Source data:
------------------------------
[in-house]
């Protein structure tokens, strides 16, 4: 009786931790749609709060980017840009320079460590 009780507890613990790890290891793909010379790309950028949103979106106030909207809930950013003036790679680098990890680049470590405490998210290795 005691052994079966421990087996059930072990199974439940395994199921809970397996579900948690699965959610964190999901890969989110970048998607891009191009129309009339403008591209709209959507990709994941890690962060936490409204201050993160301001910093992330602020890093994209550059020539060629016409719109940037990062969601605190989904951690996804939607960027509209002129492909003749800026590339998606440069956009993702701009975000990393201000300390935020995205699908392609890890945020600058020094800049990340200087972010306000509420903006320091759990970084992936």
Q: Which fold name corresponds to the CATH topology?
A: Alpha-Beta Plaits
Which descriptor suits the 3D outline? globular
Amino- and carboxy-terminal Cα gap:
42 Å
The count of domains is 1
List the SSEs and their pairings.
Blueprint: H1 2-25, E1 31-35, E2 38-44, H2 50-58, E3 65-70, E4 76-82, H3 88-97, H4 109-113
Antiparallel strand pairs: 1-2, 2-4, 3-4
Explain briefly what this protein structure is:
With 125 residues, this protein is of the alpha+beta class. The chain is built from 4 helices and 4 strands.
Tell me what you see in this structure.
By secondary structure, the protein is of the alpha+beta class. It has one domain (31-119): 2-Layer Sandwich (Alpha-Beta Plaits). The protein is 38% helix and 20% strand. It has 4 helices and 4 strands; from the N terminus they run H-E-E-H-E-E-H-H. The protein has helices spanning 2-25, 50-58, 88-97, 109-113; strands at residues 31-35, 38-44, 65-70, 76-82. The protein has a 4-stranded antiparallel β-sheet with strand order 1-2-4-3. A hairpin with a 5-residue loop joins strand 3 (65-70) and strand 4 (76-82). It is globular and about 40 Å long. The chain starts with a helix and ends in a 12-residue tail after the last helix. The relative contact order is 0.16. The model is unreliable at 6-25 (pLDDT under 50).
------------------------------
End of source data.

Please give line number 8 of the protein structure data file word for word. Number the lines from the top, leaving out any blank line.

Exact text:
The count of domains is 1